How close a grip will Prime Minister (PM) Narendra Modi keep on the Indian government? Will it be run as it was in Gujarat, where many things were almost totally controlled by Modi as chief minister, or will his style be different?
To understand that, first let’s have a look at how he governed Gujarat. In the state, Modi personally held several ministries that he was interested in. These included home, industries, mines and minerals, energy, petrochemicals, ports, information and the giant irrigation project of Narmada. That is to say, he was interested in the business side of government ministries and in those portfolios affecting corporations like Reliance, Adani, Essar, Tata and Torrent. He did this to ensure he could deliver growth and at this we must accept he was successful.
He never kept the portfolios of things such as health and education, presumably because these did not interest him as much. He controlled policy and execution with the help of a minister of state (Saurabh Patel), and a team of bureaucrats whom he trusted.
As PM, he has chosen to keep only a very few ministries, including personnel, atomic energy and space, with himself. So is he developing a new style? I would say that in fact he is sticking to his familiar ways because that is how he operates best.
But he has done it differently. Let’s see how. The only ministry he has really let go of from the list above is home, which has been given to former Bharatiya Janata Party president Rajnath Singh. And we must wait for details on what that portfolio actually consists of, given that the Central Bureau of Investigation operates under the ministry of personnel, which is under Modi.
Of the other big three central ministries, two, finance and defence, are with Arun Jaitley. Though he is a Punjabi, Jaitley has been a Rajya Sabha MP from Gujarat for 15 years and totally beholden to Modi. He lost the election and is only minister because Modi trusts him. Jaitley also holds the ministry for corporate affairs, which is linked to Modi favourites.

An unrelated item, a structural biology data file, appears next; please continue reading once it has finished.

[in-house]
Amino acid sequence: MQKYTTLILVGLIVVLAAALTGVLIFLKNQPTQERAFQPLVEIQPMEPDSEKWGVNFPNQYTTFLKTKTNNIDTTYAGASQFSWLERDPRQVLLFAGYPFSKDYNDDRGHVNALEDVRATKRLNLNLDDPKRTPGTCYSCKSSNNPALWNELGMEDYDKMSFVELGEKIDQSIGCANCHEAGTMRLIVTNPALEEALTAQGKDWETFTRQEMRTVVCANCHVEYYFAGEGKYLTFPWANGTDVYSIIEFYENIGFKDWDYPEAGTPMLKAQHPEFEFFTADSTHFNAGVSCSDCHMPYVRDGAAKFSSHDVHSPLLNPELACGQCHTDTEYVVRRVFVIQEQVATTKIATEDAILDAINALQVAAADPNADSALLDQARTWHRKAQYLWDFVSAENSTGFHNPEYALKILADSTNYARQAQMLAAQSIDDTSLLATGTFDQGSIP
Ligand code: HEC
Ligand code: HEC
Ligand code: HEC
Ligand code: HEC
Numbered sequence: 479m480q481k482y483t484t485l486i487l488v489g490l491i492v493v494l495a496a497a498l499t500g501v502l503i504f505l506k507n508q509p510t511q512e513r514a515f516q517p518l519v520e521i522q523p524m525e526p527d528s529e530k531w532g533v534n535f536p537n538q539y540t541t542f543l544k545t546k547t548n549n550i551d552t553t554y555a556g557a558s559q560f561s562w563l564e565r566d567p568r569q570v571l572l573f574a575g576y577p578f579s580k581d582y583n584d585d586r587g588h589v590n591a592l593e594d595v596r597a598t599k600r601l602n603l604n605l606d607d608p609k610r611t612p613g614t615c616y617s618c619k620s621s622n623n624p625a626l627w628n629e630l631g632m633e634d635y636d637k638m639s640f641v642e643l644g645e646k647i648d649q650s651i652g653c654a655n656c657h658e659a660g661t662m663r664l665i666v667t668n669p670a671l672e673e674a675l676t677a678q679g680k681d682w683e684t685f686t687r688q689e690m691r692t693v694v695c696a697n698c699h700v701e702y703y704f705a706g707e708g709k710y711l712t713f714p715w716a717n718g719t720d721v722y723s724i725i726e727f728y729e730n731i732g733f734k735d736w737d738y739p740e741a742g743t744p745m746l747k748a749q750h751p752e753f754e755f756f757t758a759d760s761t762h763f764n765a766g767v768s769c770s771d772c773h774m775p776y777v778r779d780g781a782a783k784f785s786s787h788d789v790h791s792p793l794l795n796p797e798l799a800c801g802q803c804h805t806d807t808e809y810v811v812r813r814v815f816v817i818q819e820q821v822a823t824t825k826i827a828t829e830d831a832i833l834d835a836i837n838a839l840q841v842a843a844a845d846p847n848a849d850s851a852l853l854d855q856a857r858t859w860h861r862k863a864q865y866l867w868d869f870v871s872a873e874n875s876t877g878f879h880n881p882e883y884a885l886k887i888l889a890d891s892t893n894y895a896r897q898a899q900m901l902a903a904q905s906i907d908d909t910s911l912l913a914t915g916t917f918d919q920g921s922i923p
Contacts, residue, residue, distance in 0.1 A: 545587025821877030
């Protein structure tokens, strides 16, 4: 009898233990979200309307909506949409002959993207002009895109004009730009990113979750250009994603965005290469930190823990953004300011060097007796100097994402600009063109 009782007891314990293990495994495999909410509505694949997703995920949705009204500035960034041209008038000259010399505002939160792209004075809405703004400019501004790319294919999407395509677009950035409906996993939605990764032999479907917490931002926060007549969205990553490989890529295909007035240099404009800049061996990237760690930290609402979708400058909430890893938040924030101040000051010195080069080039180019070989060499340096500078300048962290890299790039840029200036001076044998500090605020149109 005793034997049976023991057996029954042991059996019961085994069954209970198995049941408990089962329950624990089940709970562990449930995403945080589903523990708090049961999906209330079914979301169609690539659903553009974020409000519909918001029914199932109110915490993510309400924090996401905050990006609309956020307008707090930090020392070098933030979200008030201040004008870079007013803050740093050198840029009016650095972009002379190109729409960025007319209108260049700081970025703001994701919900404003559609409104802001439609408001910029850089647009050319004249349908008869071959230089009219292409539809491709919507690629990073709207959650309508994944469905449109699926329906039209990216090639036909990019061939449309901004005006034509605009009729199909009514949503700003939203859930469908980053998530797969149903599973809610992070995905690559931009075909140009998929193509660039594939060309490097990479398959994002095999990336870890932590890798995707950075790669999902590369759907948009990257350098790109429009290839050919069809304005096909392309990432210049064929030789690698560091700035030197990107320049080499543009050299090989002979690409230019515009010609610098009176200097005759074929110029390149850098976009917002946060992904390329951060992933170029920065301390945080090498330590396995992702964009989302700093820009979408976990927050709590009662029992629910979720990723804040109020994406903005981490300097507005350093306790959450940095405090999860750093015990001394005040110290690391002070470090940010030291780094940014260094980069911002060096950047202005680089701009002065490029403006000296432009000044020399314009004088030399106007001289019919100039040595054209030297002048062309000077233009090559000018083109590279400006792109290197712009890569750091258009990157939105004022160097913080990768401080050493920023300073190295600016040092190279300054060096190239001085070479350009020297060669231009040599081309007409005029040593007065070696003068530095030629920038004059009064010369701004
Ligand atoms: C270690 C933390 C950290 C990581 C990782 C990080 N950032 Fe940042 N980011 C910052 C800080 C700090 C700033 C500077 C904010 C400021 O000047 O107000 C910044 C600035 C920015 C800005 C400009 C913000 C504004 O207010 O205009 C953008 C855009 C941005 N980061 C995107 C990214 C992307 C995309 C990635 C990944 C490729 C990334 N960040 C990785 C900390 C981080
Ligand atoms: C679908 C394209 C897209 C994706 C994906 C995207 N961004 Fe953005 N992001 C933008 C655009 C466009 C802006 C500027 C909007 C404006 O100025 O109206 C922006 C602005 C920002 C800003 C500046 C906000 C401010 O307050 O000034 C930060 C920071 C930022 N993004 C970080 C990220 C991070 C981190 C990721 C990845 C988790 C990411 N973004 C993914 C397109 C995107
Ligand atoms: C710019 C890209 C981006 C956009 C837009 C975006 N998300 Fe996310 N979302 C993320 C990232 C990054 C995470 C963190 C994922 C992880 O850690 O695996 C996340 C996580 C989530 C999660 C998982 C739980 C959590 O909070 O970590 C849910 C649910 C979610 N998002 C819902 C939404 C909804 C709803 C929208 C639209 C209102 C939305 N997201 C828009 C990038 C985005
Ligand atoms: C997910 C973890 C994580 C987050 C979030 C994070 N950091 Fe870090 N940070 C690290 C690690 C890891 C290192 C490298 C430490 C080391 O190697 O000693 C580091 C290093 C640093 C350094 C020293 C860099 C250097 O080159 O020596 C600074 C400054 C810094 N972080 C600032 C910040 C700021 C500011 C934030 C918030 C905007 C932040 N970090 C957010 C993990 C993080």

The fourth important ministry is external affairs. This was given to someone whom Modi does not like, Sushma Swaraj. However, the prime minister is required to be personally active in this space, and as we found out with the Saarc meetings, especially with Nawaz Sharif, Modi is the man who does much of the work. He need not be worried about losing control of that or of Sushma setting her own agenda.
That leaves us with the ministries Modi is actually interested in, the ones that drive business and growth. Here, Modi has done an unusual thing. He has removed all of them from the Cabinet and handed them to four ministers of state. And he has given all of them to people who are loyal to him personally, who owe their rise to him and will operate without independence.
The ministry for industrial policy and promotion, which deals with the private sector, is with a former spokeswoman, Nirmala Sitharaman, along with the ministry of commerce.
Power and coal are with minister of state Piyush Goel, another spokesman and former party treasurer. Petroleum and natural gas, two of Modi’s most favourite subjects, are with minister of state Dharmendra Pradhan. Two other portfolios are of Modi’s interest. First is information and broadcasting, which he held himself in Gujarat and the other is the environment ministry. This is not a growth ministry by itself but has the capacity to be a hindrance, given the problems with clearances. These two ministries are held by another of Modi’s loyalists Prakash Javdekar.
These people are first time ministers, none of them will be in the Cabinet and that means all will work with Modi and his team of bureaucrats. This means, effectively, that Modi will be personally setting the goals and targets in these ministries.
We should expect that most of his development agenda will be powered through these ministers of state. Modi will be pleased with the way in which he has distributed the portfolios. It appears at first glance as if it will be a different style from the one in Gujarat. But a closer look reveals the same instincts at work.
Published in The Express Tribune, June 23rd, 2014.
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